The capital of Corinthian columns is made with reverse stairs. It can be made in several other ways I've seen from other builders but generally there's not much difference. However I think that one noteworthy variant is represented by the composite capital, which is basically an hybrid between Corinthian and Ionic capitals; it's a very popular innovation introduced by the Romans.

The Corinthian has much in common with the Ionic order, for example both have always a base, but they also share the entablature and other features which have the same proportions in both orders. The Corinthian entablature however has a variety of decorations which can be used for the cornice beside Ionic dentels.

1) Modillions
Modillions are the classical Roman decoration and they are placed in the upper section of the cornice. They are made alternating reversed stairs and slabs (2 stairs and 1 slab). Modillions may not be suitable if the entablature has many angles although they are versatile enough, in any case you have to make the corner in the correct way when possible. (See below.)

2) Dentels
Dentels are the standard greek Ionic decoration.

3) Minecraft "hybrid"
This decoration is somehow a mix between the last two and it basically made placing modillions in the lower section of the cornice. I've used this decoration many times in my builds since it has a nice effect in game, it take somehow advantage of the qualities of the last two.

4-5-6) Block modillions
Block modillions can come in many shapes and they are one of the most simple decoration, nevertheless they can be very effective. They are good for "rustic" designs but they can also be used effectively if the entablature has many angles since it pretty easy to make a corner with them.

All these decorations may also be used for Ionic colonnades but it's rarely appropriate.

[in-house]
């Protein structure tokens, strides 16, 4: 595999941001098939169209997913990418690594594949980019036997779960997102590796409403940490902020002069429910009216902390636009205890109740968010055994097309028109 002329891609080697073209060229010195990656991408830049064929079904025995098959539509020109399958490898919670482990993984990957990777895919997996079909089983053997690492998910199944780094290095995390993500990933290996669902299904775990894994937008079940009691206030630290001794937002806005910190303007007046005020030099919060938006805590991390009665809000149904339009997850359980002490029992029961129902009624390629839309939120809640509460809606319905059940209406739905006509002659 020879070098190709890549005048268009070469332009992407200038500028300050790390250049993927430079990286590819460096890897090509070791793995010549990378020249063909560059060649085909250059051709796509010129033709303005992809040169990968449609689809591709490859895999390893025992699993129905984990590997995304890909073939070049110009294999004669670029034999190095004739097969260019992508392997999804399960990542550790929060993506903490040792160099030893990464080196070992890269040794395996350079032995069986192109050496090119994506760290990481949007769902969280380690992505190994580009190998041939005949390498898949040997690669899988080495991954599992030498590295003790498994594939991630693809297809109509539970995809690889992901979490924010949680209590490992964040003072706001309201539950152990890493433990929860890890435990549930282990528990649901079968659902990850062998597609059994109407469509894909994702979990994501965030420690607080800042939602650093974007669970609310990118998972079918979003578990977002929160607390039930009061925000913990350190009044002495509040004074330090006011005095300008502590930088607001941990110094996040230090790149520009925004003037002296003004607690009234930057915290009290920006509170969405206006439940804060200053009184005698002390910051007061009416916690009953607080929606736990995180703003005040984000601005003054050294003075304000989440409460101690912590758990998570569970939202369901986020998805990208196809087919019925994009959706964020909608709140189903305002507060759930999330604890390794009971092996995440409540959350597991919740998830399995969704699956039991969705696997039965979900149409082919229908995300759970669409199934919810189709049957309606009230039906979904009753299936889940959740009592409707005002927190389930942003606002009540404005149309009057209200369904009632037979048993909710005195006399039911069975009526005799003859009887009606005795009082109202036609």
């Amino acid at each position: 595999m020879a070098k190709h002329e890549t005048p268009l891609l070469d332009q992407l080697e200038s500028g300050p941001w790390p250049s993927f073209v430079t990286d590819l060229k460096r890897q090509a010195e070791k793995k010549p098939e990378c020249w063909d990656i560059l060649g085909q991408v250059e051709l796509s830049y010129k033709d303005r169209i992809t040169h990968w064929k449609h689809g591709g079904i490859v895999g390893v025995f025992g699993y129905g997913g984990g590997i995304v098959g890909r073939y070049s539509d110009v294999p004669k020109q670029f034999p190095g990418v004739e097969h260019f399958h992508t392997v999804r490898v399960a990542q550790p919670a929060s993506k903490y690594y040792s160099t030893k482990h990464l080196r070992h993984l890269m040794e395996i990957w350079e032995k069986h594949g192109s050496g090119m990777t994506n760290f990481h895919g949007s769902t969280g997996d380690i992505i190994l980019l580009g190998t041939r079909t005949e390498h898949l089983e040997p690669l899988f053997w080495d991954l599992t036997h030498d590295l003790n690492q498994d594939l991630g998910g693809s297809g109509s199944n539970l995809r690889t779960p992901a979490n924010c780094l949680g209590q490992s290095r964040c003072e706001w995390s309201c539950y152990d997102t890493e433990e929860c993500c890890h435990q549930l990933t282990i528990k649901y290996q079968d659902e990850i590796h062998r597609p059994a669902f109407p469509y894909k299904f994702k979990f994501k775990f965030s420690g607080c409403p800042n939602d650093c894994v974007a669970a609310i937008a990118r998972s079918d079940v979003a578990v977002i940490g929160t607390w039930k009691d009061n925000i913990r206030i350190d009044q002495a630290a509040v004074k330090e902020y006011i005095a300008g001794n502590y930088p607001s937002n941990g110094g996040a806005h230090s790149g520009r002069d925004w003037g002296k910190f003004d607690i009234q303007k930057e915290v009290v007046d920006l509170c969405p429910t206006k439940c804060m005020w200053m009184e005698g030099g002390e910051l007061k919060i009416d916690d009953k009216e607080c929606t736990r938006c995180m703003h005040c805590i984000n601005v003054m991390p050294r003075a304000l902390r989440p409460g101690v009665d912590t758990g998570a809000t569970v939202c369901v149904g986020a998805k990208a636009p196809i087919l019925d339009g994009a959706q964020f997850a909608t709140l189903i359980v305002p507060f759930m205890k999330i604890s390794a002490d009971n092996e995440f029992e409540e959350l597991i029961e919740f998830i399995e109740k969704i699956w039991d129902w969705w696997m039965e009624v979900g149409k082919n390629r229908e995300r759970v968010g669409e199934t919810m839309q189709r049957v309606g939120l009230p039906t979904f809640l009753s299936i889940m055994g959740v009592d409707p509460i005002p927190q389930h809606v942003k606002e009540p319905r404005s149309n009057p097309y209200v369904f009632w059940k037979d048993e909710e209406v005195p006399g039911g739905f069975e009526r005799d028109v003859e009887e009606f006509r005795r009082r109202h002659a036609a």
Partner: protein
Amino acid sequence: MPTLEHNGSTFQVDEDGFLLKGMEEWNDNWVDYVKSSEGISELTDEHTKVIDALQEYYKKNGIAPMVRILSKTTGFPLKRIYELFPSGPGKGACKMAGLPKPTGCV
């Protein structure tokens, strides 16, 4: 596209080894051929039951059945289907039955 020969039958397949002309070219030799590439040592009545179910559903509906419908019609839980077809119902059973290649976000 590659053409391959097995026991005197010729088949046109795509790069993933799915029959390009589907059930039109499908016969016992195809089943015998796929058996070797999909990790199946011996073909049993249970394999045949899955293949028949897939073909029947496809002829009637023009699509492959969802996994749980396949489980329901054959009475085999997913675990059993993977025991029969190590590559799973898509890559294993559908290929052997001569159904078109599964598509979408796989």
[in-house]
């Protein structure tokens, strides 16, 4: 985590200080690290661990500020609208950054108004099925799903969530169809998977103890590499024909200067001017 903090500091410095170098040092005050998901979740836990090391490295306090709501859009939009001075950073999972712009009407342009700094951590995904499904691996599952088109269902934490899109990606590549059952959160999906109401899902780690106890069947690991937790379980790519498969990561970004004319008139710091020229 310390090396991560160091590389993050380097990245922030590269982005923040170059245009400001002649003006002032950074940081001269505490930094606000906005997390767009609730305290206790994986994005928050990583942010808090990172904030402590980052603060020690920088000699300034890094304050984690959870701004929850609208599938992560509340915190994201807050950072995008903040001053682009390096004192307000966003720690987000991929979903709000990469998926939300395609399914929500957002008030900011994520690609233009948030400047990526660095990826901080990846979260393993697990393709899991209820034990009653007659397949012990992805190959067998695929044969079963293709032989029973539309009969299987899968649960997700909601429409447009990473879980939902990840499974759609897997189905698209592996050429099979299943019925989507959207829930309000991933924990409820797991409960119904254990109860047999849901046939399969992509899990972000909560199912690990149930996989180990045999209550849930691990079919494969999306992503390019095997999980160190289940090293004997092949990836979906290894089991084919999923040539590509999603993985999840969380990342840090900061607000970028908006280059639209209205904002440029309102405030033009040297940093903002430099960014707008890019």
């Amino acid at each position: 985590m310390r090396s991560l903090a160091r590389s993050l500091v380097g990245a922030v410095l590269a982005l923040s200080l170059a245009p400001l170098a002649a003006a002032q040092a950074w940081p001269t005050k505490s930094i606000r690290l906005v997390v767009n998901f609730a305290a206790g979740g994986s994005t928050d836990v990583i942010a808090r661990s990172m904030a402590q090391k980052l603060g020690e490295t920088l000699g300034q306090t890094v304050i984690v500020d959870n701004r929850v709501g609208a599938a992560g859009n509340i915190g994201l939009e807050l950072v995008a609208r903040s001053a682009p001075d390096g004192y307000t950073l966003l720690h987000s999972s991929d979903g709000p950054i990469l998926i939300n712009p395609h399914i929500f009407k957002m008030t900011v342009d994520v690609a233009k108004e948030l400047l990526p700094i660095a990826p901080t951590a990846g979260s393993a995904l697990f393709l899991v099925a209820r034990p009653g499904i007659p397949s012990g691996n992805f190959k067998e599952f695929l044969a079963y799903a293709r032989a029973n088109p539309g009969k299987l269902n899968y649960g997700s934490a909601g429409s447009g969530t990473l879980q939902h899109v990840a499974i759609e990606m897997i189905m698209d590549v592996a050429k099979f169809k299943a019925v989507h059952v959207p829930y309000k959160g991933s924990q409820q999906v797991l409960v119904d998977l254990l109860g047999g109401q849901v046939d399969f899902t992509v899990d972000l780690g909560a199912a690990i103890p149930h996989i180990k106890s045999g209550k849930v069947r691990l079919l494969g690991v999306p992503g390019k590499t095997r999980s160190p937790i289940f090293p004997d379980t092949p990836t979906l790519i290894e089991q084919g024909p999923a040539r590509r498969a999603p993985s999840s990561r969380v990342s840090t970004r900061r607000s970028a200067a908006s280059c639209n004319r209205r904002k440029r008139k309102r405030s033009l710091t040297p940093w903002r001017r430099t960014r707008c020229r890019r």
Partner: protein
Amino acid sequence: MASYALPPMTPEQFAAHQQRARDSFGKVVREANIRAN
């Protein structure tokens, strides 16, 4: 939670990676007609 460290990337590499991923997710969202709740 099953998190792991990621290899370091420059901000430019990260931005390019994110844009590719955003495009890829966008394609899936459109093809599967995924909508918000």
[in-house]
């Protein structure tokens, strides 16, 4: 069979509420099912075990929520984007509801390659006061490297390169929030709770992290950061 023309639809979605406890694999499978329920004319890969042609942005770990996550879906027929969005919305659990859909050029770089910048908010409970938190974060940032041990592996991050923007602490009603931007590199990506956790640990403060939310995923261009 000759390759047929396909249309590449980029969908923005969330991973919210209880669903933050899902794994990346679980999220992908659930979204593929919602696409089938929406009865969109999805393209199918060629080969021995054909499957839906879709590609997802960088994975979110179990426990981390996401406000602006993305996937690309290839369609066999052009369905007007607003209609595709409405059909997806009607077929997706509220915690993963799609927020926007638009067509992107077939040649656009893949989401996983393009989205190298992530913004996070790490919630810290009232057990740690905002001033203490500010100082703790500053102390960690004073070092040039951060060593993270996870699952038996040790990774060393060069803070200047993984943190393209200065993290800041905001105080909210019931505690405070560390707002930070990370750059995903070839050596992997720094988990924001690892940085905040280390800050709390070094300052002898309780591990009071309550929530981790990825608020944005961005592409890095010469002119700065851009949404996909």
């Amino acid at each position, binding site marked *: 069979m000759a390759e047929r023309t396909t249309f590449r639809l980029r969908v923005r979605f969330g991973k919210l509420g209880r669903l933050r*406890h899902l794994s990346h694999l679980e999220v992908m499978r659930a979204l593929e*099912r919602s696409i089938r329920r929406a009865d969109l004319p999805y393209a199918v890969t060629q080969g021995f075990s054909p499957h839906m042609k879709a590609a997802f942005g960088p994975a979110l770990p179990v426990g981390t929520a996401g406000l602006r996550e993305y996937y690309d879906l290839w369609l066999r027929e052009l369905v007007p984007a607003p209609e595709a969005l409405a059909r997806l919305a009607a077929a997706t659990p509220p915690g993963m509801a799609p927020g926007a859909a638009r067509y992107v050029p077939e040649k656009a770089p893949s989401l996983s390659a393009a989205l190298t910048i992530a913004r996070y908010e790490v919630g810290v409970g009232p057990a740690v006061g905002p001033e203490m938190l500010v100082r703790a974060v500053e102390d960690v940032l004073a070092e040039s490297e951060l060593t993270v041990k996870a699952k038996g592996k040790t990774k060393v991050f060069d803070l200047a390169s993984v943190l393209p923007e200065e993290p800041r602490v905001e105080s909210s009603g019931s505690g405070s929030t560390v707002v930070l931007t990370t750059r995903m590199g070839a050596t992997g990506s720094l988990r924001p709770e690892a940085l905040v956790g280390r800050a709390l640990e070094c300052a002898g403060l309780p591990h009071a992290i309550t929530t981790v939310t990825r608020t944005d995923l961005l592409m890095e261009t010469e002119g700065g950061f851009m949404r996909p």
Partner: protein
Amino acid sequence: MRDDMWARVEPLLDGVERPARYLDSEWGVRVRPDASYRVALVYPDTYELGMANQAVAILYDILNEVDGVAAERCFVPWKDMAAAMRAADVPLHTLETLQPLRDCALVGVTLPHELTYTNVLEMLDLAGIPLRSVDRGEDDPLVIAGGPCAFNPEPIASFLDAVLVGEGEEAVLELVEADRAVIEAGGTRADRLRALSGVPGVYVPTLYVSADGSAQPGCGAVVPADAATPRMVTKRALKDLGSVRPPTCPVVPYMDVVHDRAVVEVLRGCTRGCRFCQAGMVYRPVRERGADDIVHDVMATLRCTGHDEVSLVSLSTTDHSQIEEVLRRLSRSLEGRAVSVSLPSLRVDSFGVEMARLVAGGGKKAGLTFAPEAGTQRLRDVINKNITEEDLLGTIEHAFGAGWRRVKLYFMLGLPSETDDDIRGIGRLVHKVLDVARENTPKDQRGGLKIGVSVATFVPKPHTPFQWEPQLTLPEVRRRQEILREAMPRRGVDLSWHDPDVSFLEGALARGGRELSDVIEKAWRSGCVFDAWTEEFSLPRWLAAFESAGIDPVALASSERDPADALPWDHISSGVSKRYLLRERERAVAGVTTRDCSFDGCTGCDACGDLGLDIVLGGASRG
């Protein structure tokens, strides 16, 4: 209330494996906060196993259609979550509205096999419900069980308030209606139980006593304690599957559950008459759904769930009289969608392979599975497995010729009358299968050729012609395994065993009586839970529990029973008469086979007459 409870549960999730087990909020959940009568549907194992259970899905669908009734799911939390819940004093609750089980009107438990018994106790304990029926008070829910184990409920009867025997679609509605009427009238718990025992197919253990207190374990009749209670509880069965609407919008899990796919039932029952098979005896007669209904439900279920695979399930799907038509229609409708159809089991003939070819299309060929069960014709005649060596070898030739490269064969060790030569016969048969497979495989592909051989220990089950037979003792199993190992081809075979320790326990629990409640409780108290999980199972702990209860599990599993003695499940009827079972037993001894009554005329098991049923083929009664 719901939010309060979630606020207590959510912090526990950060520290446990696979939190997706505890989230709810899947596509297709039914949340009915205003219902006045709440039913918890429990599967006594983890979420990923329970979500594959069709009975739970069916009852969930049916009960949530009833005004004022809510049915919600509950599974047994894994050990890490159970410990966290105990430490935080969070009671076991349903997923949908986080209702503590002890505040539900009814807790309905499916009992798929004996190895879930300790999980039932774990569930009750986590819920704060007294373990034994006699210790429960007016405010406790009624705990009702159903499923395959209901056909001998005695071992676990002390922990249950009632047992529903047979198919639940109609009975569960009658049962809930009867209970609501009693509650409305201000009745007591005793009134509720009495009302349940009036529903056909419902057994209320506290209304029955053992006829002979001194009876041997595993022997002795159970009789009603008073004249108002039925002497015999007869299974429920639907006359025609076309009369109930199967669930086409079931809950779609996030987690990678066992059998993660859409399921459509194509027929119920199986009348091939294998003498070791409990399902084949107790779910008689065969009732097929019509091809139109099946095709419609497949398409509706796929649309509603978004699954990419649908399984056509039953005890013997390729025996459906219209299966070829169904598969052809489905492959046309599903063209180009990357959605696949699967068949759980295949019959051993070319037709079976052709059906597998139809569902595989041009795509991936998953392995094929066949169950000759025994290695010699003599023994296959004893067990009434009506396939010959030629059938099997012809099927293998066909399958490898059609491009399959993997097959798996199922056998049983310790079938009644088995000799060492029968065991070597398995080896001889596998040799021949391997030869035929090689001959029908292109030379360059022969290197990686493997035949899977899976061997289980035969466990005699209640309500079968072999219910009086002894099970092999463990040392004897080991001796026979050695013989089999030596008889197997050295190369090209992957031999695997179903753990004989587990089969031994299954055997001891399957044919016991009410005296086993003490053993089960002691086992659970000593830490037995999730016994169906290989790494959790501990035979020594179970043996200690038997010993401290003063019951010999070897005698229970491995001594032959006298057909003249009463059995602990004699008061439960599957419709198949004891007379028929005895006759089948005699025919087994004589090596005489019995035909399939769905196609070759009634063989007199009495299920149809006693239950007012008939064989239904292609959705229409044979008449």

Corinthian intercolumniation is the same as the Ionic intercolumniation.

Engaged columns
Engaged columns can be made with monumental columns by embedding half the column in a wall (1), in this way columns have no limits regarding intercolumniation width since they are not fully load-bearing any more. With standard columns it's impossible to have half a column since the shaft is made with a single block, in this case, engaged columns are made by placing a wall right behind the columns so that the columns touch the wall (2).


It may happen to have different orders being used together in the same building, in this case there are some rules to respect. You may have already noticed that different orders cannot be mixed at random since each one has different proportion rules which cannot be respected simultaneously, however it's possible to use different orders for different floors of a building and this happens very often. The only rule which has to be respected in this case is simple: Corinthian must be above Ionic which must be above Doric, it's never mandatory to use all the three orders but in any case you can't reverse this layout. For example a building with one floor upstair can be designed with Doric at the ground level and Ionic at the first floor, or Ionic for the ground level and then Corinthian above it, etc.